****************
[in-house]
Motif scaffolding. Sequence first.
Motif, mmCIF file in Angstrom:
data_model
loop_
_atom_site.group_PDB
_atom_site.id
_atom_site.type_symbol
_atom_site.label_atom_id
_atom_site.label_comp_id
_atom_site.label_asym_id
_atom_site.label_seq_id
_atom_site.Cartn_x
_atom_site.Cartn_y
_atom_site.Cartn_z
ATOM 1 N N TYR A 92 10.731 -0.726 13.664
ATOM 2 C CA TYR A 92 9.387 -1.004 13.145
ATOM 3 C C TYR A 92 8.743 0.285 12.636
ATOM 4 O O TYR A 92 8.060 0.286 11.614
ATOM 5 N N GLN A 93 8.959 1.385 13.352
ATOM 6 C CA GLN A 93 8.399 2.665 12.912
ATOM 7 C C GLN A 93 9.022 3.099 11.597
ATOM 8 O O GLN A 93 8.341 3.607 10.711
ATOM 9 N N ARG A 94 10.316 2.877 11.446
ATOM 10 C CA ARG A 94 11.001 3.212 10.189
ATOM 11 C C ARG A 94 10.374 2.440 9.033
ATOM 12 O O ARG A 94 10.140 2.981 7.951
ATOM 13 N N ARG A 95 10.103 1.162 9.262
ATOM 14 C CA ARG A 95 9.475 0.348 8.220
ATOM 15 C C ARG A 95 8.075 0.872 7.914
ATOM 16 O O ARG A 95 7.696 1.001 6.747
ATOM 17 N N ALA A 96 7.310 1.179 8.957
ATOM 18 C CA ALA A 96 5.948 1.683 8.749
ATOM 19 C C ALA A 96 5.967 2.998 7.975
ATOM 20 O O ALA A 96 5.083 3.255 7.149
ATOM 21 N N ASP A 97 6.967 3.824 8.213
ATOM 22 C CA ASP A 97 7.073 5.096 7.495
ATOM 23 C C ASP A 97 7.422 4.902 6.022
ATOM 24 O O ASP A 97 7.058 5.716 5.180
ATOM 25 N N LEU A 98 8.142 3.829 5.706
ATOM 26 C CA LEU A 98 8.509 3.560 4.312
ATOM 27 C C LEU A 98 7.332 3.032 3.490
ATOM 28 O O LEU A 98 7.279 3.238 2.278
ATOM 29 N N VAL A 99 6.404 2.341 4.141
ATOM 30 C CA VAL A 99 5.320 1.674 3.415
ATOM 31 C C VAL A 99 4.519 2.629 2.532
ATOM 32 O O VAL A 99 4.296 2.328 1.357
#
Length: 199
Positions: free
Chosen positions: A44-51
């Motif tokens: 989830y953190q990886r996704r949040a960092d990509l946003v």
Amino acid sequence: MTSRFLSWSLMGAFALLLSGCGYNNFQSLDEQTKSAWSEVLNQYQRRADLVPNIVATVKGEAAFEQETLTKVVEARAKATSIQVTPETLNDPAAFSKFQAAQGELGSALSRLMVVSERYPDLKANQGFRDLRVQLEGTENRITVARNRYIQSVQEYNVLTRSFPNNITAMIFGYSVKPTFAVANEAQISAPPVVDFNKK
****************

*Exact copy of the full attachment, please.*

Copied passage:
[in-house]
Motif scaffolding. Sequence first.
Motif, mmCIF file in Angstrom:
data_model
loop_
_atom_site.group_PDB
_atom_site.id
_atom_site.type_symbol
_atom_site.label_atom_id
_atom_site.label_comp_id
_atom_site.label_asym_id
_atom_site.label_seq_id
_atom_site.Cartn_x
_atom_site.Cartn_y
_atom_site.Cartn_z
ATOM 1 N N TYR A 92 10.731 -0.726 13.664
ATOM 2 C CA TYR A 92 9.387 -1.004 13.145
ATOM 3 C C TYR A 92 8.743 0.285 12.636
ATOM 4 O O TYR A 92 8.060 0.286 11.614
ATOM 5 N N GLN A 93 8.959 1.385 13.352
ATOM 6 C CA GLN A 93 8.399 2.665 12.912
ATOM 7 C C GLN A 93 9.022 3.099 11.597
ATOM 8 O O GLN A 93 8.341 3.607 10.711
ATOM 9 N N ARG A 94 10.316 2.877 11.446
ATOM 10 C CA ARG A 94 11.001 3.212 10.189
ATOM 11 C C ARG A 94 10.374 2.440 9.033
ATOM 12 O O ARG A 94 10.140 2.981 7.951
ATOM 13 N N ARG A 95 10.103 1.162 9.262
ATOM 14 C CA ARG A 95 9.475 0.348 8.220
ATOM 15 C C ARG A 95 8.075 0.872 7.914
ATOM 16 O O ARG A 95 7.696 1.001 6.747
ATOM 17 N N ALA A 96 7.310 1.179 8.957
ATOM 18 C CA ALA A 96 5.948 1.683 8.749
ATOM 19 C C ALA A 96 5.967 2.998 7.975
ATOM 20 O O ALA A 96 5.083 3.255 7.149
ATOM 21 N N ASP A 97 6.967 3.824 8.213
ATOM 22 C CA ASP A 97 7.073 5.096 7.495
ATOM 23 C C ASP A 97 7.422 4.902 6.022
ATOM 24 O O ASP A 97 7.058 5.716 5.180
ATOM 25 N N LEU A 98 8.142 3.829 5.706
ATOM 26 C CA LEU A 98 8.509 3.560 4.312
ATOM 27 C C LEU A 98 7.332 3.032 3.490
ATOM 28 O O LEU A 98 7.279 3.238 2.278
ATOM 29 N N VAL A 99 6.404 2.341 4.141
ATOM 30 C CA VAL A 99 5.320 1.674 3.415
ATOM 31 C C VAL A 99 4.519 2.629 2.532
ATOM 32 O O VAL A 99 4.296 2.328 1.357
#
Length: 199
Positions: free
Chosen positions: A44-51
């Motif tokens: 989830y953190q990886r996704r949040a960092d990509l946003v």
Amino acid sequence: MTSRFLSWSLMGAFALLLSGCGYNNFQSLDEQTKSAWSEVLNQYQRRADLVPNIVATVKGEAAFEQETLTKVVEARAKATSIQVTPETLNDPAAFSKFQAAQGELGSALSRLMVVSERYPDLKANQGFRDLRVQLEGTENRITVARNRYIQSVQEYNVLTRSFPNNITAMIFGYSVKPTFAVANEAQISAPPVVDFNKK